“Why don’t you go anymore?” I asked the large man, who, in the absence of Giulio’s Vespa leaned on one of the chairs.

“I don’t know, it’s just that nobody goes anymore—they’ve all stopped,” he said with a hint of both indifference and nostalgia. While he never spoke of himself, the man had stopped going when other people stopped believing. His own faith somehow necessitated theirs.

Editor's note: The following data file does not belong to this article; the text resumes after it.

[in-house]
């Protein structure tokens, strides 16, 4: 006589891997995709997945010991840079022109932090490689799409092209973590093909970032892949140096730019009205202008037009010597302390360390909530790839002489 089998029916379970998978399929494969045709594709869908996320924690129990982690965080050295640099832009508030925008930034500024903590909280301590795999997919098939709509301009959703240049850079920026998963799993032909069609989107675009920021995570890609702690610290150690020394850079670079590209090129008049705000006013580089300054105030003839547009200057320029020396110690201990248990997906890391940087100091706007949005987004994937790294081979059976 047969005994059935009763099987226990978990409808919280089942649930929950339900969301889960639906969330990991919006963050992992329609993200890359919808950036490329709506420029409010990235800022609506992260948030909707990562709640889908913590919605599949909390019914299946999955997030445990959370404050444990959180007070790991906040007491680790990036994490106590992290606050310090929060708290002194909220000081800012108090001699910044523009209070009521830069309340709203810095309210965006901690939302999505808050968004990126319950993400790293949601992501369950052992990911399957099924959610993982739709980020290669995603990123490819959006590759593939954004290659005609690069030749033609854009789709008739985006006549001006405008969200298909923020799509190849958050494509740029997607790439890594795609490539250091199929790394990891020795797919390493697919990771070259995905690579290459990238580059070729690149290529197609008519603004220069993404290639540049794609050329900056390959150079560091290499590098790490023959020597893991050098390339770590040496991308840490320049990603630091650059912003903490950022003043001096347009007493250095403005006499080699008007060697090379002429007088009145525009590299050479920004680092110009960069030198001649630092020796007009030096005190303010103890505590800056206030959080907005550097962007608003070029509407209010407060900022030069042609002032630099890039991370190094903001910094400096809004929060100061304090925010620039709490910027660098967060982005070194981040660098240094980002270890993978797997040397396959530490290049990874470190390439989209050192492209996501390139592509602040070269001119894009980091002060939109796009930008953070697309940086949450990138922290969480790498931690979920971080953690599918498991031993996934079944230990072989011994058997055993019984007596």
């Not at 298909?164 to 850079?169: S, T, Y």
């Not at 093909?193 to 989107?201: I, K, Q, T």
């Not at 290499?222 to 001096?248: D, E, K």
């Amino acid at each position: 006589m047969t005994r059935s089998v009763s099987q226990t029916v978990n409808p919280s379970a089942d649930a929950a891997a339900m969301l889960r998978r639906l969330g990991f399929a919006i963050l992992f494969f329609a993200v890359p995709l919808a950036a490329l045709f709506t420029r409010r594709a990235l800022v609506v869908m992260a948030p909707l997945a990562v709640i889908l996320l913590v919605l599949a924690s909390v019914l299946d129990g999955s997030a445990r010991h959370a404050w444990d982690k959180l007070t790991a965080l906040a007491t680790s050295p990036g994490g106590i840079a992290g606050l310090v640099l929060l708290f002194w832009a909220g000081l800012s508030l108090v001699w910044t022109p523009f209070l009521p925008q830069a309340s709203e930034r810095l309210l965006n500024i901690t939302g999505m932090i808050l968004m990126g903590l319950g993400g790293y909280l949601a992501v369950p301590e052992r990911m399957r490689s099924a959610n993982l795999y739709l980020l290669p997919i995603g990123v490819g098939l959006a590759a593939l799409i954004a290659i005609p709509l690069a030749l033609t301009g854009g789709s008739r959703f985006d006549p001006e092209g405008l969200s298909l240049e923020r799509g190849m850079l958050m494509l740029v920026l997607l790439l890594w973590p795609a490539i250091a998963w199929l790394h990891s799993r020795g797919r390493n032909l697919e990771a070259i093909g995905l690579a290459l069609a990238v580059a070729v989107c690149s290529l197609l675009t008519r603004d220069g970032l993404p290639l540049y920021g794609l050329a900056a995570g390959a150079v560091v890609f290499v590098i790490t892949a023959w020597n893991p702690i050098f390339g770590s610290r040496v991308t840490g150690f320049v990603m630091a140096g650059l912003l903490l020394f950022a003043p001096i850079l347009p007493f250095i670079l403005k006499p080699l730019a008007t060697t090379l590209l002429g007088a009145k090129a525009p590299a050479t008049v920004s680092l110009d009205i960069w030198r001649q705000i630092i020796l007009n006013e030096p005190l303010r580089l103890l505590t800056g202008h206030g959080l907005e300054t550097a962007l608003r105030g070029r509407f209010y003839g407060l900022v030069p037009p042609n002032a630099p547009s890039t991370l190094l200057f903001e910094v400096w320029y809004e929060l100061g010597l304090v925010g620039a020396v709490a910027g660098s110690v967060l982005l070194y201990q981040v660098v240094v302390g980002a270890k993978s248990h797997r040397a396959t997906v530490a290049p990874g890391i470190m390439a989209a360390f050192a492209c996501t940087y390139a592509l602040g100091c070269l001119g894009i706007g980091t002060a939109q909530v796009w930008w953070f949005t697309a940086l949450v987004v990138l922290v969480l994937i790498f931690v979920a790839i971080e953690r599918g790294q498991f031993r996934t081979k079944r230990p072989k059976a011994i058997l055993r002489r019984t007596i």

In the time I had to spare before the beginning of the event, for which I had invited my aunt to join me, I explored the alley of purgatory. Under the old street plaque that stood above Pulcinella, an additional sign had renamed it the Vicolo d’Arte (Alley of the Arts). The place had thus been renamed by the city of Naples, but the sign seemed so much at odds with the actual context of that old alley that it appeared even more ad hoc than the one Giulio had placed over his shop. An iron bench stood in front what must have been the impromptu theater. On it, a large, pregnant, orange cat lounged. I searched for visible signs of the arts, but I only saw several people who lived in the bassi, or ground floor habitations, going about their daily cooking and cleaning. The only decorations that adorned the alley were the brooms and other odd household appliances, such as an oven pastry heater, that the inhabitants of those ground floor dwellings stored on the outer walls of their homes. The neon plastic broomsticks visibly contrasted the dark walls of exposed tufo (local dark volcanic rock), which over the years had blackened under several layers of soot. The inhabitants all believed that the street somehow belonged to them. When you ask those in the little vico where they live, they simply respond “in purgatory.” As I walked through purgatory, however, I wondered if they knew they lived in the alley of the arts.